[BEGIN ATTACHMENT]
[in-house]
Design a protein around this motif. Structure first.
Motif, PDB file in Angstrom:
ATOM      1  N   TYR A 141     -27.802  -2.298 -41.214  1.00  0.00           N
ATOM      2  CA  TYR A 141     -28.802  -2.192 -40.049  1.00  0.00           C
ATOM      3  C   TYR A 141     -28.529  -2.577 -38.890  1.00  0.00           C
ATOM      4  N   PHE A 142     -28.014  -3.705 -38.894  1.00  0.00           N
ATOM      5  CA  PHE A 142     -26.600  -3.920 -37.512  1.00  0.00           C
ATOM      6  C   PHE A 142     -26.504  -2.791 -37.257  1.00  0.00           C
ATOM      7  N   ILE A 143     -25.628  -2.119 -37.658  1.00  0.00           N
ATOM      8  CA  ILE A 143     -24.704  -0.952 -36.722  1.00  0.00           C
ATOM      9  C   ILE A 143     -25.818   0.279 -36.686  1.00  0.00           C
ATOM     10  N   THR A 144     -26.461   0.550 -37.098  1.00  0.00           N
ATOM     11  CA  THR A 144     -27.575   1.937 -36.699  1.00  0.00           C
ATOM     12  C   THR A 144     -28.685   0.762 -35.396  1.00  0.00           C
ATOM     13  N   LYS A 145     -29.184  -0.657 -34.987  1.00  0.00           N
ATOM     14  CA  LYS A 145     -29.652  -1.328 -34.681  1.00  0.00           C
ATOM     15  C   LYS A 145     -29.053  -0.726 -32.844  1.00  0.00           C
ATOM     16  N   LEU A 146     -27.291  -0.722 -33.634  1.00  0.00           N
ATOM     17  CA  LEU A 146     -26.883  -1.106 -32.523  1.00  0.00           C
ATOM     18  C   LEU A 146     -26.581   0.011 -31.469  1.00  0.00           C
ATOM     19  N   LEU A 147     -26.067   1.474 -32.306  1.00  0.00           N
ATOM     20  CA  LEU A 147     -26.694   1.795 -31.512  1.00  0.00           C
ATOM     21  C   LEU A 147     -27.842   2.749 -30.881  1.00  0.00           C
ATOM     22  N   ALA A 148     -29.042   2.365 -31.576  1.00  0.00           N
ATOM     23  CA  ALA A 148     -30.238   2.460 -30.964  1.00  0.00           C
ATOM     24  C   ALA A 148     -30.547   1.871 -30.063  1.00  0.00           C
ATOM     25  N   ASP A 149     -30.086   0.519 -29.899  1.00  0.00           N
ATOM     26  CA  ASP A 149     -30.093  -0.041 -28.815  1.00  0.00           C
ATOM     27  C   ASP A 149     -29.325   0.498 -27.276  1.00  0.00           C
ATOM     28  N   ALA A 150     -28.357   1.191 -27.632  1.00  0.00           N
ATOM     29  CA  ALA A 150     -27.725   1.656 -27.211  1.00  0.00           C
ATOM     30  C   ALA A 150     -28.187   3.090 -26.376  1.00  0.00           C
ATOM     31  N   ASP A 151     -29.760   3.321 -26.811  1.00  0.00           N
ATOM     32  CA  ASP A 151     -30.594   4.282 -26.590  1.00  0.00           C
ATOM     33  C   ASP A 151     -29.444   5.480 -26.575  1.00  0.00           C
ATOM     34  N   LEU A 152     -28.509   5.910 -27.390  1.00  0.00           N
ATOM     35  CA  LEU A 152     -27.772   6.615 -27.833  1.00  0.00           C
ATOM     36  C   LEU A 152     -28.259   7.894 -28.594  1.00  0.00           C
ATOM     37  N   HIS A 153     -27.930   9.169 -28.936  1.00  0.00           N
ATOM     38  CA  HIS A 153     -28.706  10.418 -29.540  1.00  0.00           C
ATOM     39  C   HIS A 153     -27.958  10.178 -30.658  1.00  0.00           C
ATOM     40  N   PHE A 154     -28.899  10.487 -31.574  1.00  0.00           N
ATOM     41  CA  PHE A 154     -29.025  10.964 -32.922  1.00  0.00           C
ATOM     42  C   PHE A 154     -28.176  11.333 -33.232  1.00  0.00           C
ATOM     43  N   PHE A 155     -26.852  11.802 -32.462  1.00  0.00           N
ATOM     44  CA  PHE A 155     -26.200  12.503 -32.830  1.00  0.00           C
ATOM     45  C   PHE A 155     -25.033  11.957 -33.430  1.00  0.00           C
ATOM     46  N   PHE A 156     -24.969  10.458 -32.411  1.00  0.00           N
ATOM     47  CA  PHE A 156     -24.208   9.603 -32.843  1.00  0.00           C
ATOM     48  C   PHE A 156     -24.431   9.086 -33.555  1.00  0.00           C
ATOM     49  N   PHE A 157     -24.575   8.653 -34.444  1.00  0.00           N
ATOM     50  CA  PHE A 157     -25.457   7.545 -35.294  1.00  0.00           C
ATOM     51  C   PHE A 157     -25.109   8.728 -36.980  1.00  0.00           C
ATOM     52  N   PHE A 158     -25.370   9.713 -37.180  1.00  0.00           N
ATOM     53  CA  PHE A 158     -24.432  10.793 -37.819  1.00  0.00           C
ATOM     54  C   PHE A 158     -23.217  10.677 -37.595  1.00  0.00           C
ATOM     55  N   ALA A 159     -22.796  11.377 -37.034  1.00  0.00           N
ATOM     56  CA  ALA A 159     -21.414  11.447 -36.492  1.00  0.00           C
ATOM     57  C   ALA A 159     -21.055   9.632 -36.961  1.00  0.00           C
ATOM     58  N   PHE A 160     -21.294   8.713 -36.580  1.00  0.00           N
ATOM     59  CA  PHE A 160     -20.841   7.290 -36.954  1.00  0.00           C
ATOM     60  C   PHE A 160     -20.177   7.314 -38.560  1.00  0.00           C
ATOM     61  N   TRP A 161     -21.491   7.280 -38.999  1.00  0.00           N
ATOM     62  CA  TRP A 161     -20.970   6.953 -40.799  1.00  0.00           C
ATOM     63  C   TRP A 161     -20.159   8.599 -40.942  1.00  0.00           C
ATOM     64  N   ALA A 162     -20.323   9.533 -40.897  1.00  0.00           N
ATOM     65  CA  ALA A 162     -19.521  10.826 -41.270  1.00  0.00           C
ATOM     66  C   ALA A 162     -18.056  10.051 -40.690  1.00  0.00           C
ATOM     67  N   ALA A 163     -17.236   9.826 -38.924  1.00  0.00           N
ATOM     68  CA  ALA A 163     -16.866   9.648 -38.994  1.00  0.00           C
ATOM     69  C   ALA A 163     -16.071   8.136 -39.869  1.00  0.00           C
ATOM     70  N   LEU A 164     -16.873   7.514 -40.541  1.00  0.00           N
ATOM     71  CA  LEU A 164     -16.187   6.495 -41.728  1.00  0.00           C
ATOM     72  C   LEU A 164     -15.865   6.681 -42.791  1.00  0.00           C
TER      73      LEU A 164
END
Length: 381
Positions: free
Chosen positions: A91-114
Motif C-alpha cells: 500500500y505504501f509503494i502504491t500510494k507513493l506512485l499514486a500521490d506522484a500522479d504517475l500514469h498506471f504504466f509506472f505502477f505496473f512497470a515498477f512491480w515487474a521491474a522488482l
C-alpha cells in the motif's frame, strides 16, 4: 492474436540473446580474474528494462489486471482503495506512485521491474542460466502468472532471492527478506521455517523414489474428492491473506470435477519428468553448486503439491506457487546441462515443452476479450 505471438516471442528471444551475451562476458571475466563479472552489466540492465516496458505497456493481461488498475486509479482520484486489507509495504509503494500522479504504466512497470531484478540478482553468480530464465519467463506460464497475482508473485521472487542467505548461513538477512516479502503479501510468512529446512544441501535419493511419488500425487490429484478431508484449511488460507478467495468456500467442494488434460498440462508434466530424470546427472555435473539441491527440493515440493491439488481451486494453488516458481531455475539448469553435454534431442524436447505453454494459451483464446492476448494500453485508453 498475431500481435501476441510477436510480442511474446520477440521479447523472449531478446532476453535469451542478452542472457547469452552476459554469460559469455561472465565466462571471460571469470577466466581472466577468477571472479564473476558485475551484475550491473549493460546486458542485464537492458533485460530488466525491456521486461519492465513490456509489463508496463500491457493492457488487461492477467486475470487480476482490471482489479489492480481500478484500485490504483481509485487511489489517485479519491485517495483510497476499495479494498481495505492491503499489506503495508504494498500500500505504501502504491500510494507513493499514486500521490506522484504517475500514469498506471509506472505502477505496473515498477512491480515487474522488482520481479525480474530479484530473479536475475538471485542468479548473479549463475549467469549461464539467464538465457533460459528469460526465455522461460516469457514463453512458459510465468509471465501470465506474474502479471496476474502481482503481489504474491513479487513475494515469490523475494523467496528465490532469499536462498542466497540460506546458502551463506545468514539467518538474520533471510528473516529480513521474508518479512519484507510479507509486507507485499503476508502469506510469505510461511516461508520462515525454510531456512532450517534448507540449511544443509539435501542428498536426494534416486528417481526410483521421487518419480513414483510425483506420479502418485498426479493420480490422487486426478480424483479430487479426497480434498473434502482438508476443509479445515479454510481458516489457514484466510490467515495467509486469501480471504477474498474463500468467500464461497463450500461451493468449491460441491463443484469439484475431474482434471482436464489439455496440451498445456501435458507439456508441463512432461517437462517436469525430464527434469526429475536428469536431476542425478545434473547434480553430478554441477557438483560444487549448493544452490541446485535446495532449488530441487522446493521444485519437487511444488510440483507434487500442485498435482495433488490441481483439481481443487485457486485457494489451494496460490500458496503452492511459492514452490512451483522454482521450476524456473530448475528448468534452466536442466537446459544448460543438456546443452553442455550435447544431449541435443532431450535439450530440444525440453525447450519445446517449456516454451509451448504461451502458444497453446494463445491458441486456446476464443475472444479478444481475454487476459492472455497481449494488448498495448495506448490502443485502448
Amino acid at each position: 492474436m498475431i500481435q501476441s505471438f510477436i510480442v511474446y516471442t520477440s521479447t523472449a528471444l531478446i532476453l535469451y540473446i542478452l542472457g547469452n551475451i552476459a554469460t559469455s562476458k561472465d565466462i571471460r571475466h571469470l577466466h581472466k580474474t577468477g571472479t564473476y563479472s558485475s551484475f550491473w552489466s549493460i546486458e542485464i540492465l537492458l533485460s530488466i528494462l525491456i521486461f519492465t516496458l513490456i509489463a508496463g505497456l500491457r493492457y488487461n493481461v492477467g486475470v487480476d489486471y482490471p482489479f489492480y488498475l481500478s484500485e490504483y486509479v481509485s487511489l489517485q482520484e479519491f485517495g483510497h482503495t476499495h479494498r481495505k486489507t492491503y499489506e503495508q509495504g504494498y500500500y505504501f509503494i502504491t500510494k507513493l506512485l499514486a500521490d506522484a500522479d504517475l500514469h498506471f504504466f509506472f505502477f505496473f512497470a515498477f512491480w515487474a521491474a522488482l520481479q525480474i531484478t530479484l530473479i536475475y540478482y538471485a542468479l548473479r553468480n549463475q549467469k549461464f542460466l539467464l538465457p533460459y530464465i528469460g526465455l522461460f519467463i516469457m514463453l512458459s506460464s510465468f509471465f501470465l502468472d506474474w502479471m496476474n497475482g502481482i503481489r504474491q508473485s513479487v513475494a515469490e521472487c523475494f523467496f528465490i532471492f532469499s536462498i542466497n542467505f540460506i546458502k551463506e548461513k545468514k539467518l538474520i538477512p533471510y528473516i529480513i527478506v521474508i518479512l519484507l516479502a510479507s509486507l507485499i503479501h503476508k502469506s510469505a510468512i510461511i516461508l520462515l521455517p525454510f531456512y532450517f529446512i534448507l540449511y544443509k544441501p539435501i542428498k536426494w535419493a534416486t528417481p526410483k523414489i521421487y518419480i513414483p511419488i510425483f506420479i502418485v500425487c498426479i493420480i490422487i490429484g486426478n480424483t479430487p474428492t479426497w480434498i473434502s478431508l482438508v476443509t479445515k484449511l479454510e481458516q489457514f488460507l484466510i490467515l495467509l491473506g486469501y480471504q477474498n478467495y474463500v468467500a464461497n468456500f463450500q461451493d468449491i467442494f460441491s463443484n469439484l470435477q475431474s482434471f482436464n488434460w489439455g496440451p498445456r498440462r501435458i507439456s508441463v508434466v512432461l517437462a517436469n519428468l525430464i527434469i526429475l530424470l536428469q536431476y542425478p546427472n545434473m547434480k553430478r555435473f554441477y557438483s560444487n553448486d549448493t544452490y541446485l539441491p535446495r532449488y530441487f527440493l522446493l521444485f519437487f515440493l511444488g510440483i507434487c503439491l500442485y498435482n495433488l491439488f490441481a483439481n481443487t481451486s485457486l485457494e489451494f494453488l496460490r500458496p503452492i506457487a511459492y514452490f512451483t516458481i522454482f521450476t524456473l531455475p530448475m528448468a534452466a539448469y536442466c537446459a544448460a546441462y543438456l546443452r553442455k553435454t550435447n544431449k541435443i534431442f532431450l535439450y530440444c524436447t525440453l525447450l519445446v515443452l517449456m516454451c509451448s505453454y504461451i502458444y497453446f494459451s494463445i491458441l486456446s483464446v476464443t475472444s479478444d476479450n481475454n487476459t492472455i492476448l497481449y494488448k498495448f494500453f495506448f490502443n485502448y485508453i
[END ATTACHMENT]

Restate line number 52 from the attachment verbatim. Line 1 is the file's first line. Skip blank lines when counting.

ATOM     49  N   PHE A 157     -24.575   8.653 -34.444  1.00  0.00           N